Sunday, 26 August 2012

Mario Monti and the Lost Generation

One piece of news which made a great impression on me was this: Italy's Secretary to the Prime Minister Antonio Catricalà has stated that youth under the age of 35 can start a business with only 1 euro as capital. I have said it before and I will say it again now: Mario Monti is amongst the best politicians (albeit an economist) who have ever set foot in the European stage. He cares about his country and is neither blinded by ideology nor afraid of any political consequences either at the national or the European level. He does what he knows best: revive the Italian economy.

It is the first sample of growth policies we have seen in the EU for months now. Announced measures for infrastructure in Italy are expected to reach 300 billion euros from now until 2020. Troubled areas in Rome, Naples and Florence are expected to receive an "upgrade" worth approximately 2.5 billion. 400 million are expected to be invested in internet technology to digitize the country's social services and boost buying and selling through the internet. For me what is most important is what I began with: every youth until the age of 35 may start a business with as little as 1 euro for capital.

It would be amazing if we could see such action from other member-nations of the EU. For the time being only Monti was able to show that he truly understands the situation and is willing to do something about it. What are we waiting for? For youths to start migrating from the EU to Australia like it is currently happening in Greece? (read this detailed article in the Guardian for more information). Should we stop and watch as people under 30 are constantly leaving their native nations for a "better" life elsewhere?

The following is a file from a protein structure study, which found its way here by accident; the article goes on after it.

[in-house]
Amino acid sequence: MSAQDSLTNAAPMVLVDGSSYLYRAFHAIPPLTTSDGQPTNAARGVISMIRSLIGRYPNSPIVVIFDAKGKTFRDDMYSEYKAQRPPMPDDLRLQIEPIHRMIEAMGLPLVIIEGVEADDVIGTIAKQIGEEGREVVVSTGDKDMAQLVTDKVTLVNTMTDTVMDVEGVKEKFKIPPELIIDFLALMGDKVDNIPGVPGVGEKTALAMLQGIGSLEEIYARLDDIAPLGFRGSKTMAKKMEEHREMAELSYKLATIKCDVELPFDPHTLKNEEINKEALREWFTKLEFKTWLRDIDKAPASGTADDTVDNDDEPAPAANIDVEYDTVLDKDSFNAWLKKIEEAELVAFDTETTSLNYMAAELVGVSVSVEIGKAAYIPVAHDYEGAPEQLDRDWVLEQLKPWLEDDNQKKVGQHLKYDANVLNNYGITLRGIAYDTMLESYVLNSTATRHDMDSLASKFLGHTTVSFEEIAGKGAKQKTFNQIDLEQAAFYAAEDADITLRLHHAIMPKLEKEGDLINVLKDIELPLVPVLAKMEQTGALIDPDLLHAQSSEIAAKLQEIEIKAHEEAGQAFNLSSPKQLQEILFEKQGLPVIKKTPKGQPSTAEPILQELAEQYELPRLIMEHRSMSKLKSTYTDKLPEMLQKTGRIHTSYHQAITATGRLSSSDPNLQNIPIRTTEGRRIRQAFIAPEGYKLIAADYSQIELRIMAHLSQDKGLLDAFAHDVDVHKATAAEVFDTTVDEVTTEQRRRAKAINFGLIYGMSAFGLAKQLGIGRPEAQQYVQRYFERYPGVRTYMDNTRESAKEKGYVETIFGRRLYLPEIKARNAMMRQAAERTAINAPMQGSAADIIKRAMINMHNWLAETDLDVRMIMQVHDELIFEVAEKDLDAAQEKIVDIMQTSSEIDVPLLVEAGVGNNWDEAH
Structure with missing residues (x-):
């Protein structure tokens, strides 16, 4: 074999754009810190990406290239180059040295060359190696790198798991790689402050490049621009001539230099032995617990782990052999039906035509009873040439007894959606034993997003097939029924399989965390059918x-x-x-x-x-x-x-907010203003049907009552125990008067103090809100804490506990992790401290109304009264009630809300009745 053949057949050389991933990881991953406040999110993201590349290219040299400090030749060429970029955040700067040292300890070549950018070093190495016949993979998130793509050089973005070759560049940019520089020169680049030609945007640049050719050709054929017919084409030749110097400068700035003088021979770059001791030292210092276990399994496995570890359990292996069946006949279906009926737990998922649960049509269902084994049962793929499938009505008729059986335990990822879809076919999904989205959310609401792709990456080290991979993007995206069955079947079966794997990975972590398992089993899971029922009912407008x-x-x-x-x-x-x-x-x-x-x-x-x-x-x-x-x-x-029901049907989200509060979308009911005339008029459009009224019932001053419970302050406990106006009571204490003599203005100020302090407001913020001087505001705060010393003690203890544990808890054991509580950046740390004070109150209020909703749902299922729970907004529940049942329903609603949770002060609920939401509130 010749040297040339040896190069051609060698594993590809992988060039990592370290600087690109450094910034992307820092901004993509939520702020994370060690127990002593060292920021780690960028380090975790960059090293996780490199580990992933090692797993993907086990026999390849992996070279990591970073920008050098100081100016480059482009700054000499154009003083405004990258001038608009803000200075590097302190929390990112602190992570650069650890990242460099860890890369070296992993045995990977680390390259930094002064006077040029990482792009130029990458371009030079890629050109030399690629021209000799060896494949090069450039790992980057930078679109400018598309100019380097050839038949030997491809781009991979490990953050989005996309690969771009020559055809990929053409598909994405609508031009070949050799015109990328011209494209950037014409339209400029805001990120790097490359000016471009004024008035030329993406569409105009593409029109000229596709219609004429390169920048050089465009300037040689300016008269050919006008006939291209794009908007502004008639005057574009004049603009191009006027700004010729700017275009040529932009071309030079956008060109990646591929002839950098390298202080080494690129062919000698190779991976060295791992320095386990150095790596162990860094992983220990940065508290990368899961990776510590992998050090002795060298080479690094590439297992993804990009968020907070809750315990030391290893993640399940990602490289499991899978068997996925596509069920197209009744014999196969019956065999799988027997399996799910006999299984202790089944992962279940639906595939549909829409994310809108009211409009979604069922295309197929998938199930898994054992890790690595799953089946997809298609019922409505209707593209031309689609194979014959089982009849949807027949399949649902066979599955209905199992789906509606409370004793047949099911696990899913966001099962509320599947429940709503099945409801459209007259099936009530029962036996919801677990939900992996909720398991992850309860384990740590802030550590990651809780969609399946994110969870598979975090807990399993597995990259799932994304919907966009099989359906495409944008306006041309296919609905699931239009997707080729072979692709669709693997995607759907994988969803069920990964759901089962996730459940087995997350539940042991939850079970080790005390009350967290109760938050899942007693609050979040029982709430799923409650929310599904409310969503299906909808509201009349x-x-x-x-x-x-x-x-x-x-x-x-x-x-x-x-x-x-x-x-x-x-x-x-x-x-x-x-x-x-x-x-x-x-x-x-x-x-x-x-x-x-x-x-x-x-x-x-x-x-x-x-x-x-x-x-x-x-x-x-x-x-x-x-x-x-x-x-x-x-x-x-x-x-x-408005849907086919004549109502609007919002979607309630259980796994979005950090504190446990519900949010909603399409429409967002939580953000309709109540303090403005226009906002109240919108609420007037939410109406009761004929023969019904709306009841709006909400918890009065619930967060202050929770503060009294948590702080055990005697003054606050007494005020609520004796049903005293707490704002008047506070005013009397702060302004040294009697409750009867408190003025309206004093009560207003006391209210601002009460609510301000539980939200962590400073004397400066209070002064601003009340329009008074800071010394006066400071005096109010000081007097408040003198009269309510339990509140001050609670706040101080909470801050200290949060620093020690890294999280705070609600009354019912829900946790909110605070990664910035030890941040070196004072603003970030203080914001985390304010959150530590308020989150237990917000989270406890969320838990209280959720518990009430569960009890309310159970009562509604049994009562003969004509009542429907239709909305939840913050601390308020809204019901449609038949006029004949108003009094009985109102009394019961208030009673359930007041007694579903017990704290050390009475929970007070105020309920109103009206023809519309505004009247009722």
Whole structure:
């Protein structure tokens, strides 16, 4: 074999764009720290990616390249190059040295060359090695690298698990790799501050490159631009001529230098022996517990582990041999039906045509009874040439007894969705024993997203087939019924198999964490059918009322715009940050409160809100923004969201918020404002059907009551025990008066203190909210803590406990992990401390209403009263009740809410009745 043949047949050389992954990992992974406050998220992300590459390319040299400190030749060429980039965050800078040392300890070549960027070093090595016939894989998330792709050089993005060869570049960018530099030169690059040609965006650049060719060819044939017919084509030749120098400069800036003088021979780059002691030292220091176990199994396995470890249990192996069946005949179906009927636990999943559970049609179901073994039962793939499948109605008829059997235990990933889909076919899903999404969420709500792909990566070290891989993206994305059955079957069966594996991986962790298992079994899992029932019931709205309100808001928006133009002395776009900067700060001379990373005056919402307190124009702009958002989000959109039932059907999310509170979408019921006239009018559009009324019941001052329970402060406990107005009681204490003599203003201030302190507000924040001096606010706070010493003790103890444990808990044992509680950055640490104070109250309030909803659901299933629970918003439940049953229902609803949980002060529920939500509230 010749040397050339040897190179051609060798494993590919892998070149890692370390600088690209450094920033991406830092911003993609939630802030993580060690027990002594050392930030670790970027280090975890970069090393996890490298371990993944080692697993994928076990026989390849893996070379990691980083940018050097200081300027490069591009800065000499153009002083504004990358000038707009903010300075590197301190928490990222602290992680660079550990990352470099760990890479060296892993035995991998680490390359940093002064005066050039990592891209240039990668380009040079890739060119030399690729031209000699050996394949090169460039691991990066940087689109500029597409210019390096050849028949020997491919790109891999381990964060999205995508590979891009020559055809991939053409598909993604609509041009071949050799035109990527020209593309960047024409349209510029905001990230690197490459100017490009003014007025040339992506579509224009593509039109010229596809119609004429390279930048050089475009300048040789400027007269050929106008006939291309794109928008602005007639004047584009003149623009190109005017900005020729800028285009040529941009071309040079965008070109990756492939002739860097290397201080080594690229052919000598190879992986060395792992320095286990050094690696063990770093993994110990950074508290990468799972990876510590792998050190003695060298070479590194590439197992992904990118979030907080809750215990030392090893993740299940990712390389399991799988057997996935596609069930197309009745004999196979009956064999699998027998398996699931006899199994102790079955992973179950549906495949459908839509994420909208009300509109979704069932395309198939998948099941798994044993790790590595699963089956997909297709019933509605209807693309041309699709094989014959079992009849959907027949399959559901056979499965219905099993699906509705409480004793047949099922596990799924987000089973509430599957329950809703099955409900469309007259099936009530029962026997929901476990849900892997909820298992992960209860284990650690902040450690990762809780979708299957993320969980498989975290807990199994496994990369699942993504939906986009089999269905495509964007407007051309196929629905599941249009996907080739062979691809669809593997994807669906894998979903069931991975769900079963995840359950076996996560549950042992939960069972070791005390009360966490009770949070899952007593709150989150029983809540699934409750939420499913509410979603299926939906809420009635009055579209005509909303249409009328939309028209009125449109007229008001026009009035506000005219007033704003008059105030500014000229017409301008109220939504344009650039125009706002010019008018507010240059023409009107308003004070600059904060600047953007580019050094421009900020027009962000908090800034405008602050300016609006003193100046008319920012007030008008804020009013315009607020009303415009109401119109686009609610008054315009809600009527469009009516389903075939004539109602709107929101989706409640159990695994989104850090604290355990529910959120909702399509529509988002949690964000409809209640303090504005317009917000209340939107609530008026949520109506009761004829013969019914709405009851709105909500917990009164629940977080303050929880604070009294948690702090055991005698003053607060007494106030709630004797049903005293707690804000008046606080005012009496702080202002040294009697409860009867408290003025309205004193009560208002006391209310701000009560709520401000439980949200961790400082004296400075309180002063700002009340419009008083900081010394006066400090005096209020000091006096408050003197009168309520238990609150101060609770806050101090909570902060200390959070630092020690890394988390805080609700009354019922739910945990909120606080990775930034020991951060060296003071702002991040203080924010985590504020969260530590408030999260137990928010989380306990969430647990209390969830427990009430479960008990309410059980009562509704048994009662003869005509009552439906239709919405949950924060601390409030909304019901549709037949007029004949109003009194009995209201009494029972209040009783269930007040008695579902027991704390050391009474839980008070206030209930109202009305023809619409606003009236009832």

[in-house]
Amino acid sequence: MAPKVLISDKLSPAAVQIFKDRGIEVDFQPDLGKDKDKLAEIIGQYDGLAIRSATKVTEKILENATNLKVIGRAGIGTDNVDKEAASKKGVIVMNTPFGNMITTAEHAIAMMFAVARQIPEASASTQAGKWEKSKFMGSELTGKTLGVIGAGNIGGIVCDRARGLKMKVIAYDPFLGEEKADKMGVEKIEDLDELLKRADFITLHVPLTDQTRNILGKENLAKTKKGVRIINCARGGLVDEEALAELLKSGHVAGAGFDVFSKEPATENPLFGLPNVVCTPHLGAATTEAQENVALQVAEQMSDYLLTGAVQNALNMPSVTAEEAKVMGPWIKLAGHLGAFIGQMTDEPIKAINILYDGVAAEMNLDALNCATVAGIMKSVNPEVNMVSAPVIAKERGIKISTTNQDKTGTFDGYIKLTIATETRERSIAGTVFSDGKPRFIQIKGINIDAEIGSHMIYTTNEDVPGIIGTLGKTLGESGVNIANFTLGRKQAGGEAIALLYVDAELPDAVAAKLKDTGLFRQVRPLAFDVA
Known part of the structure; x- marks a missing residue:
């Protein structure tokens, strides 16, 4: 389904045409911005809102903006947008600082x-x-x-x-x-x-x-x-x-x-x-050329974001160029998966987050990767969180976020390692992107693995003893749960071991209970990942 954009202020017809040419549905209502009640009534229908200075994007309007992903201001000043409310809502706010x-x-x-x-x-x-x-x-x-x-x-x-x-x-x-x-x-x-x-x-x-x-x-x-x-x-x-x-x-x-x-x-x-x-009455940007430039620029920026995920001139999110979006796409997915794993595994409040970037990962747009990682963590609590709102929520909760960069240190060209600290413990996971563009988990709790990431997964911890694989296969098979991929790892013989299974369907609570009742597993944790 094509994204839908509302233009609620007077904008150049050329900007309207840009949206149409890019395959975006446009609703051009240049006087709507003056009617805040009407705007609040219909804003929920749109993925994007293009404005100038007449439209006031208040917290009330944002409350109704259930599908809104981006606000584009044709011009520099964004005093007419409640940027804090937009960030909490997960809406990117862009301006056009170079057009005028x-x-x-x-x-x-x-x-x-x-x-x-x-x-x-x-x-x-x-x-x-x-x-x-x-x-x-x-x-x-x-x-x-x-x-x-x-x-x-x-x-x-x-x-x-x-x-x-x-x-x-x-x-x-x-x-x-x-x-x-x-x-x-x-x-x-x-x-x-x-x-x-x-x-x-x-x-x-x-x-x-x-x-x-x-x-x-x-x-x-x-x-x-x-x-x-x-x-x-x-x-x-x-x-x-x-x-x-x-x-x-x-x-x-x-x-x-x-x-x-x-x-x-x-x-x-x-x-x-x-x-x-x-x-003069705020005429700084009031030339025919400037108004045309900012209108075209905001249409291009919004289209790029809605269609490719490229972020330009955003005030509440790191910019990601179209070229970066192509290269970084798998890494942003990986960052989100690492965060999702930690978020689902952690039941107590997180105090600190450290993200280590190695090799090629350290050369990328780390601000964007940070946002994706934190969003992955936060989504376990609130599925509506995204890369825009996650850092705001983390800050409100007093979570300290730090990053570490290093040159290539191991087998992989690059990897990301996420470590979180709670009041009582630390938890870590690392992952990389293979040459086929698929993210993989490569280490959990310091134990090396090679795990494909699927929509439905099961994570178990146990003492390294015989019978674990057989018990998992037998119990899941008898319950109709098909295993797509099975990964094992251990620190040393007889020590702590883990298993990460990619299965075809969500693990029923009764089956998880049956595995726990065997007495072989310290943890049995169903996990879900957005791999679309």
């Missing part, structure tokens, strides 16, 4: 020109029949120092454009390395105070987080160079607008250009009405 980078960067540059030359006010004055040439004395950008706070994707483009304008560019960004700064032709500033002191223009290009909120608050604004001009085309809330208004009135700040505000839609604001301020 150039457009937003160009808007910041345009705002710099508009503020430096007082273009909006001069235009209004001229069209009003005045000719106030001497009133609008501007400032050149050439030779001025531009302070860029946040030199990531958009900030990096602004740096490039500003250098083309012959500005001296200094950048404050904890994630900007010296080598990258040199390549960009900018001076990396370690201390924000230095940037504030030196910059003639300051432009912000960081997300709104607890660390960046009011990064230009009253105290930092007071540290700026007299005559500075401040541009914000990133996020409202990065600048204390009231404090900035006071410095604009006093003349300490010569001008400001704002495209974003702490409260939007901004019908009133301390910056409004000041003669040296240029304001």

Mario Monti has spoken of a lost generation. What he meant were the myriads of young Italians fleeing the country in order to find employment elsewhere. Many leaders speak of the future, while they focus their policies to the over-50's population. The future cannot exist without the young. I remember Ernest Hemingway's story in the 1920's Paris: an old garage director told his young subordinate that he belonged to "une génération perdue". Hemingway wondered whether the youth who had seen the evils of war, were disciplined and polite could really be considered lost.

The same rationale holds today. Who is worse off might I ask: the person whose salary was reduced from 3000 to 2500 euros or the person who is desperately searching for a job and cannot find one? Yet with the notable exception of Italy, no nation (or politician for that matter) is doing anything about it.

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